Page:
Role of Permanent Establishment vis-a-vis Indian laws

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India’s position w.r.t Permanent Establishment

  1. Section 92F of the Income Tax Act

One of the most important aspects of a treaty-based law or Double Taxation Avoidance Agreement (DTAA) is the existence of a Permanent Establishment (PE). As per general parlance, a non-resident taxpayer is not required to pay income tax on its business profits unless it has a Permanent Establishment in the source country and the profits are attributing from such PE. Usually, as per Section 90(2) of the Income Tax Act, while ascertaining the tax liability of a non-resident, the provisions of the Income Tax Act and the DTAA are taken into consideration and whichever is more beneficial shall apply. The term Permanent Establishment can be defined by making reference to Section 92F(iiia) read along with Section 92F(iii) of the Income Tax Act. Section 92F(iii) defines enterprise which includes the definition of PE and the same is explained further by Section 92F(iiia)[1] which substantiates the definition further by stating that PE includes a fixed place of business through which the business of the enterprise is wholly or partly carried on.

In Samsung Heavy Industries Co. Ltd.[2], it was held that the assessee had a fixed PE in India as it was carrying on core business activities in India. Further, in the case of Motorola Inc v. DCIT[3], Motorola US had a right to use the offices of Motorola India. The ITAT held that the use of offices of Motorola India by the employees of Motorola US gave rise to Motorola US’s fixed place PE in India.[4]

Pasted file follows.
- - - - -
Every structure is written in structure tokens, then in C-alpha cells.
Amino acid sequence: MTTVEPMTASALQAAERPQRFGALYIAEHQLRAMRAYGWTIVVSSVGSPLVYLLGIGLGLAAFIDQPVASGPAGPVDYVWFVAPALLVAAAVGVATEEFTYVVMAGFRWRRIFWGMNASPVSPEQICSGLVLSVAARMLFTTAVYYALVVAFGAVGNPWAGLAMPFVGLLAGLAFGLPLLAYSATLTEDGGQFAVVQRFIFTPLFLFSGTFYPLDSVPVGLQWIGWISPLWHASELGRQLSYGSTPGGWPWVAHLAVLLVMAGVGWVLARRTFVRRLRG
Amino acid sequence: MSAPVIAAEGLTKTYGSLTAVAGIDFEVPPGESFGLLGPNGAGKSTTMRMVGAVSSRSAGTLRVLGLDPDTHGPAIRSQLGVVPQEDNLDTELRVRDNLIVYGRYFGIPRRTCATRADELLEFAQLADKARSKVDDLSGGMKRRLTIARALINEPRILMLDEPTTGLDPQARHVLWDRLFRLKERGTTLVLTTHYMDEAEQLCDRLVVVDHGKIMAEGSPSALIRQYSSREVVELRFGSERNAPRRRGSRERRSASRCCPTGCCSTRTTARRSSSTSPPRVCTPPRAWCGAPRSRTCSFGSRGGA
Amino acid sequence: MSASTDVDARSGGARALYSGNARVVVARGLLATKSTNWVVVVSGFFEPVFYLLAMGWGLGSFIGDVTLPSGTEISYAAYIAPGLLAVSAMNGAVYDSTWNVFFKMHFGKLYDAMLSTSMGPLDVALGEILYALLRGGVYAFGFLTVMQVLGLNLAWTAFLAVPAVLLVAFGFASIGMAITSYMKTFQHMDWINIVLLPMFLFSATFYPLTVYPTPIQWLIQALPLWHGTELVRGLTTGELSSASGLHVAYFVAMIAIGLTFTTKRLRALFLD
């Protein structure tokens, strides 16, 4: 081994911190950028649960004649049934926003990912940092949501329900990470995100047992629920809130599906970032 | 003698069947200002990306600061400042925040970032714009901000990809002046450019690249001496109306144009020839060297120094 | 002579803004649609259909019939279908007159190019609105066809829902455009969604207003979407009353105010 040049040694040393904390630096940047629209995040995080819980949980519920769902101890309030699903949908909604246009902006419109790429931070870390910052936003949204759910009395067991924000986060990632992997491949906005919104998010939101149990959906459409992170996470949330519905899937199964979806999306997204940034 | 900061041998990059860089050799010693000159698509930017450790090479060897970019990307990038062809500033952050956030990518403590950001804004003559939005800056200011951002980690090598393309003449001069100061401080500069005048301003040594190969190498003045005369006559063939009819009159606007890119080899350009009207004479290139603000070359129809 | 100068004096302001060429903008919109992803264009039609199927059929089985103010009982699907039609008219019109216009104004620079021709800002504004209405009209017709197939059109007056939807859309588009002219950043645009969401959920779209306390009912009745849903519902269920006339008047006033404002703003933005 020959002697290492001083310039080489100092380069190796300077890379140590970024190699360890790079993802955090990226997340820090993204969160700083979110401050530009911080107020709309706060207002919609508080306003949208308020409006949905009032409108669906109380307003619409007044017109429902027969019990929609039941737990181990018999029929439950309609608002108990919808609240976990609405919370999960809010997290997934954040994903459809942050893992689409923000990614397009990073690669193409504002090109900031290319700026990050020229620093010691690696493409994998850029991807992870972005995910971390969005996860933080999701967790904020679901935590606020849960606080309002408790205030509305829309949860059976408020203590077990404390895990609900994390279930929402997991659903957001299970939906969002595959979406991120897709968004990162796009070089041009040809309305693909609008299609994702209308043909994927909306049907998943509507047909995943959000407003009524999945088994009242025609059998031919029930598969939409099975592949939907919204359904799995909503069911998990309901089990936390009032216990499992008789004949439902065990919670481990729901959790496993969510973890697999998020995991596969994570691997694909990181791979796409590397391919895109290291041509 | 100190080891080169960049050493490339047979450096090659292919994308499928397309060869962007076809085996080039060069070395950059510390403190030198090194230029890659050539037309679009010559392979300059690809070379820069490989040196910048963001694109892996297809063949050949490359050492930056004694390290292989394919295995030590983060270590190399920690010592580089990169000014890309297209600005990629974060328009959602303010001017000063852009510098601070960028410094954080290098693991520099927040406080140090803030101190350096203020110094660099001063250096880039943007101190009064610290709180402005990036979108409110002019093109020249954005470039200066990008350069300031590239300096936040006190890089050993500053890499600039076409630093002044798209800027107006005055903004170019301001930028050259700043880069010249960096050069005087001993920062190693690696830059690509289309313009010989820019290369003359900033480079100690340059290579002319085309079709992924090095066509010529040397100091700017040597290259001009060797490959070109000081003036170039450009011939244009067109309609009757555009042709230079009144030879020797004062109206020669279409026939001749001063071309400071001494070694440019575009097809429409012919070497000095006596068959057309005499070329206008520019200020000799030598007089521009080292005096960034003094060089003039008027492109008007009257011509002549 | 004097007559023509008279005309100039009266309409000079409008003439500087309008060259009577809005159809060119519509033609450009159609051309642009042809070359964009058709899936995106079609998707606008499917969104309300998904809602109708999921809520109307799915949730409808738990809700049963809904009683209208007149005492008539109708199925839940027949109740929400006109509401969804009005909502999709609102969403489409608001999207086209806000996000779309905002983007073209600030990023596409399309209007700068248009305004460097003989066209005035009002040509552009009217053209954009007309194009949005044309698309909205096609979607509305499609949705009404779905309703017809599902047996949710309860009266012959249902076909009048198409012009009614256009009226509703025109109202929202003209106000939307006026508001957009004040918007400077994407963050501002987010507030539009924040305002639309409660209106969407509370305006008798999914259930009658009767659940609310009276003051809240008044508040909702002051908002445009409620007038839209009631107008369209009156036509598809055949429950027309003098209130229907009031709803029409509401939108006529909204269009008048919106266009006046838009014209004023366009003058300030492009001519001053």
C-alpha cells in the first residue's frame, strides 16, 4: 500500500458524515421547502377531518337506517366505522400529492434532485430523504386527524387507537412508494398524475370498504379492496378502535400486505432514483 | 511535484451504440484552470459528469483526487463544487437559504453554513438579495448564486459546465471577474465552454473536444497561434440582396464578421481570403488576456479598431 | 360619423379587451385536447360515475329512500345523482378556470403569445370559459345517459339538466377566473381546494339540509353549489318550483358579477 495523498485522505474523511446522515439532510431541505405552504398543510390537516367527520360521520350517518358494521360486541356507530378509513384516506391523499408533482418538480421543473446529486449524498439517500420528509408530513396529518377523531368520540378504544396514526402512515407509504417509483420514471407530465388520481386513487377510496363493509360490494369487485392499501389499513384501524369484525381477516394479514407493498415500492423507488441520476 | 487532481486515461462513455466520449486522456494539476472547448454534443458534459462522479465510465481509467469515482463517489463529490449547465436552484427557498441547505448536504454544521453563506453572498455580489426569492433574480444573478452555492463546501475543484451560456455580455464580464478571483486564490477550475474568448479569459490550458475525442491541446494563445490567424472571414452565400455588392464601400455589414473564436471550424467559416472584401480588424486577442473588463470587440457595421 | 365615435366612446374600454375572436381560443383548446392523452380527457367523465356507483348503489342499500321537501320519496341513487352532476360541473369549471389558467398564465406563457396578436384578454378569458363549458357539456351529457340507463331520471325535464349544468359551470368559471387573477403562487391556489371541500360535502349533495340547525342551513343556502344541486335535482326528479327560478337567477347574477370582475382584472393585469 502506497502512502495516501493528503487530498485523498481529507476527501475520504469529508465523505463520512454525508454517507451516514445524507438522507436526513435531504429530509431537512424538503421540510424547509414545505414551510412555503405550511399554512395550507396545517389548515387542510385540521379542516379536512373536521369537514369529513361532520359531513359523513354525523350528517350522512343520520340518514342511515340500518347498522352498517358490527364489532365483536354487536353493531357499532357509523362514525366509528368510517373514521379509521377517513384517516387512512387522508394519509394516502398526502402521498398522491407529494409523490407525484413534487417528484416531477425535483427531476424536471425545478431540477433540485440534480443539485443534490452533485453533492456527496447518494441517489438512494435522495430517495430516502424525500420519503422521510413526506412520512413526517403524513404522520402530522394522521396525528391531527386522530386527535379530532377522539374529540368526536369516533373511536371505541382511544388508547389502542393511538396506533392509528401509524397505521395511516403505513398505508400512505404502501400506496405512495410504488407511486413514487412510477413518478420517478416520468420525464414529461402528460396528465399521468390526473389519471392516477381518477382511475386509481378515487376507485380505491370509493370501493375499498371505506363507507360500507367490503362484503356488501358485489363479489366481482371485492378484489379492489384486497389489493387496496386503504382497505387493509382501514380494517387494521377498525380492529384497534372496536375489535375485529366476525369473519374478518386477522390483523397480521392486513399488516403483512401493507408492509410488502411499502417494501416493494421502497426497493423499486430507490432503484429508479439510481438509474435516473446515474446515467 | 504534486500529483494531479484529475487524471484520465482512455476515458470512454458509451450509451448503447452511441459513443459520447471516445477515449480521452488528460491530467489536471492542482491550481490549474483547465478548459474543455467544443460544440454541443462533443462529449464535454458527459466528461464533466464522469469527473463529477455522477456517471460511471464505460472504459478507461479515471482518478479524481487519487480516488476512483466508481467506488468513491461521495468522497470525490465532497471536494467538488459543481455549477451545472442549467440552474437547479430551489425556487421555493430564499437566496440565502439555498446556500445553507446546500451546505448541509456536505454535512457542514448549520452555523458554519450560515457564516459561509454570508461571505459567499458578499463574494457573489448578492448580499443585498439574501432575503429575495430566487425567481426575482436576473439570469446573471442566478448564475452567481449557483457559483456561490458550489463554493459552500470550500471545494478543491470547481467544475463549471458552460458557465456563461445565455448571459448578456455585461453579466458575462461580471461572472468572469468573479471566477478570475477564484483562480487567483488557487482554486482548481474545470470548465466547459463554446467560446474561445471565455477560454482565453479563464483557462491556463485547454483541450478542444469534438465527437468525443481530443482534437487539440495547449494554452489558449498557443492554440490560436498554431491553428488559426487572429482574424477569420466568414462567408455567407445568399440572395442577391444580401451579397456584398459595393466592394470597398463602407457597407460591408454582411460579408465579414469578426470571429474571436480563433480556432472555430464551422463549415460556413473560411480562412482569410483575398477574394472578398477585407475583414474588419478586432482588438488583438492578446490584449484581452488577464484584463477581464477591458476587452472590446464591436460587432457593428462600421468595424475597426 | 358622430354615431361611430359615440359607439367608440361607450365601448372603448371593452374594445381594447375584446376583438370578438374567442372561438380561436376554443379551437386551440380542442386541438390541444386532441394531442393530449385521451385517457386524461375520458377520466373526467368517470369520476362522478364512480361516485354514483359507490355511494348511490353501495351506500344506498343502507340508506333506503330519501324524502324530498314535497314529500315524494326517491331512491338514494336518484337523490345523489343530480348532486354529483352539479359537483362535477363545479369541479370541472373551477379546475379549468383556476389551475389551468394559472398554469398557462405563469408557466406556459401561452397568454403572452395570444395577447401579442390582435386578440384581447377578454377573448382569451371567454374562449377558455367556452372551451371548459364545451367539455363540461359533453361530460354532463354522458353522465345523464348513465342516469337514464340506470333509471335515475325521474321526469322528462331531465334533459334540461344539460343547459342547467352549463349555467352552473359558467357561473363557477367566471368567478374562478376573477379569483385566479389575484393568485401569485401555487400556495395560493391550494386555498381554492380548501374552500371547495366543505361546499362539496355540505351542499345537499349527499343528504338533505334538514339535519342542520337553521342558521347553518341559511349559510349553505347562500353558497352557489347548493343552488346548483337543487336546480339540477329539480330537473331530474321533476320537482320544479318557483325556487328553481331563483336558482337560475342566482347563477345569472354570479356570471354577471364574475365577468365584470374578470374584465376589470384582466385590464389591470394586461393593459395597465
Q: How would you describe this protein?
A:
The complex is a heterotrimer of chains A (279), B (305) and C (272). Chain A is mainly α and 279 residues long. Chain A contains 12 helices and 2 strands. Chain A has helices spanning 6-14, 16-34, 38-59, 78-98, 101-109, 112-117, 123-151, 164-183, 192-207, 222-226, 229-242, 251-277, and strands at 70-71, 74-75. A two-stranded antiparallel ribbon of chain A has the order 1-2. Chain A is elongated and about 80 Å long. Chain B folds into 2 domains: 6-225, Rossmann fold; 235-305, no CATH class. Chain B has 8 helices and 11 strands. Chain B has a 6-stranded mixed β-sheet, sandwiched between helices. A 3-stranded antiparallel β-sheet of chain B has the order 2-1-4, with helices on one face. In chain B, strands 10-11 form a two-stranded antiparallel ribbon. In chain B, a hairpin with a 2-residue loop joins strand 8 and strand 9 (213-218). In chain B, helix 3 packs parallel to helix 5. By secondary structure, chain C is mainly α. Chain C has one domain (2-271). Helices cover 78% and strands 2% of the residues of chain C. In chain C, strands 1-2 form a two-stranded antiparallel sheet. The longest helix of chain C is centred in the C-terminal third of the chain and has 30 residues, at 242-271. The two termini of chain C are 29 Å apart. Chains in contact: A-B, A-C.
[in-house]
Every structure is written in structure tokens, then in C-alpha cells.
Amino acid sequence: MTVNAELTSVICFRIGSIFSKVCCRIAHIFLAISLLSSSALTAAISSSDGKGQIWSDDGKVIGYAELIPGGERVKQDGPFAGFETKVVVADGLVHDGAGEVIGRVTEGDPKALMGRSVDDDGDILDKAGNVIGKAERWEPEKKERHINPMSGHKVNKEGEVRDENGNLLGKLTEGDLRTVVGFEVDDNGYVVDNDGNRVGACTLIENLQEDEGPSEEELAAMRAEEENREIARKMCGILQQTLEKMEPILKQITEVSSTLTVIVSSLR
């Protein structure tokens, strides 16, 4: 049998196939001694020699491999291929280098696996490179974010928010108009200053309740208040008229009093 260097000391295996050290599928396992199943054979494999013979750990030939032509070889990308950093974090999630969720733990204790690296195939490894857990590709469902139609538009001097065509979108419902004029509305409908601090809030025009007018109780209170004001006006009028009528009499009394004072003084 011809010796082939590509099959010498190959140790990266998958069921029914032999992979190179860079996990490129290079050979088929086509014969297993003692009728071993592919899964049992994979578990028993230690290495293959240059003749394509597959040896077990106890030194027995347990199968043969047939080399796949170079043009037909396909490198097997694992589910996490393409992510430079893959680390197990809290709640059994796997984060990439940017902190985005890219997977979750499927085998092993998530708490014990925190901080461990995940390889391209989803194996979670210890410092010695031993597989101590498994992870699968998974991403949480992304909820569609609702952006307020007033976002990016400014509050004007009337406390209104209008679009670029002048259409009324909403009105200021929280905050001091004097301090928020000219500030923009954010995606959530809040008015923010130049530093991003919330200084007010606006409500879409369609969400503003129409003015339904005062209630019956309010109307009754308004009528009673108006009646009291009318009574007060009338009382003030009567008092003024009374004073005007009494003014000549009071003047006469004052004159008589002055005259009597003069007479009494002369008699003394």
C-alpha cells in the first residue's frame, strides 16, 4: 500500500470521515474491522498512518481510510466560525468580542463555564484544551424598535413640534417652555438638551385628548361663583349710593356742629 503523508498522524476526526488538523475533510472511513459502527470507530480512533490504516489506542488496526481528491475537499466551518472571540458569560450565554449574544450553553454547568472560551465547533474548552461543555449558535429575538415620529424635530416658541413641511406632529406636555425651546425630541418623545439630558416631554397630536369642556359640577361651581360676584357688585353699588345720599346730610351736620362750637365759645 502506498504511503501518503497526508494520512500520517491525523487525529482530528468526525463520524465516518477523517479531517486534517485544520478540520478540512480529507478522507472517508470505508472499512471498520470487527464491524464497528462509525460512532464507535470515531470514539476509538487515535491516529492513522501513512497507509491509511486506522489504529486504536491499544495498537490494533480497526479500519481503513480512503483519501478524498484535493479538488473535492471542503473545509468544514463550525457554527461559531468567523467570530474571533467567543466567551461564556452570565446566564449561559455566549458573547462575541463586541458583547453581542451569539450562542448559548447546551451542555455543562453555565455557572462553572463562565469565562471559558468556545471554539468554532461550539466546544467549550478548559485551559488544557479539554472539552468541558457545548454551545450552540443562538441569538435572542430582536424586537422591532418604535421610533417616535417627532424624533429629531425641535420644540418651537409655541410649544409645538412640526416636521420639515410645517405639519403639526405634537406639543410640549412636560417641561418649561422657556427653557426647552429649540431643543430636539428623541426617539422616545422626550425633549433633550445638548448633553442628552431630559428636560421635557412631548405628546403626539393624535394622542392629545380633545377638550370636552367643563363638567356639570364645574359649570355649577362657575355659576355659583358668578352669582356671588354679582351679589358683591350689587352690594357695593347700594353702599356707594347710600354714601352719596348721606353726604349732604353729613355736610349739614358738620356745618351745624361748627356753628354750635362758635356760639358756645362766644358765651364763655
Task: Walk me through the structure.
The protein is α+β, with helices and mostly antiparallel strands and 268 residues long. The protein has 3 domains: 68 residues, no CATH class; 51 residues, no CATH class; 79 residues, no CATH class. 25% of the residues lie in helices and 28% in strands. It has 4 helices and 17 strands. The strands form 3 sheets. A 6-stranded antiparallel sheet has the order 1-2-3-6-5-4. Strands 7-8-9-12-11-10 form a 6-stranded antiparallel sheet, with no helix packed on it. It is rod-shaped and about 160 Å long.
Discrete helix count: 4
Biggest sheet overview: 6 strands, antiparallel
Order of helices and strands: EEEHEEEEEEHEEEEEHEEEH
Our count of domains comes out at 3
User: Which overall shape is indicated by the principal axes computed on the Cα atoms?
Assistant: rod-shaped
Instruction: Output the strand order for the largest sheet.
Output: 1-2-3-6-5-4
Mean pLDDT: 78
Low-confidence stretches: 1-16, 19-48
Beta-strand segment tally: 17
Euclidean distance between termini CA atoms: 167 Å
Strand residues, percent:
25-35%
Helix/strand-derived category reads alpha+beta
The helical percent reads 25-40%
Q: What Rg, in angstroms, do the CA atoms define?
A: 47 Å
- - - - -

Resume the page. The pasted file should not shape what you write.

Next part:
2.Business Connection as defined under Section 9

The domestic laws of India recognize business connection under Explanation 2 of Section 9(1)(i) of the Income Tax Act. This is explained by emphasizing the definition of business connection which is explained in a very clear manner. It has to be read in consonance with Section 5 of the Act[5] which states that a non-resident company is liable to pay tax in India on income received or is deemed to be received in India, or accrues or arises or is deemed to accrue or arise in India, on income that is accrued through business connection in India. Business connection can sometimes be interchangeably used with PE, though it is much wider in connotation and it is the Indian equivalent of PE.

3.Payment of Minimum Alternate Tax as per 115JB of the Income Tax Act

If foreign companies have a place of business or PE in India then they have to pay Minimum Alternate Tax (MAT) under Section 115JB of the IT Act. If foreign company is an independent agent and it does not have PE or place of business in India, then it is not required to pay MAT.

After the Finance Act, 2015 was introduced, the IT Act was amended by inserting clauses (fb) and (iid) to Explanation 1 to subsection (2) to Section 115JB and foreign companies were not required to pay MAT. Reliance can be placed on AP Shah Committee Report, Press Release, and CBDT Instruction wherein it was mentioned that only a foreign company with place of business/PE in India is liable to pay MAT. In a Press Release[6], the Government of India clarified that if the foreign company is a resident of a country having DTAA with India and does not have a PE within the definition of the term in the relevant DTAA then with effect from 01.04.2001 the provisions of section 115JB won’t be applicable to that company.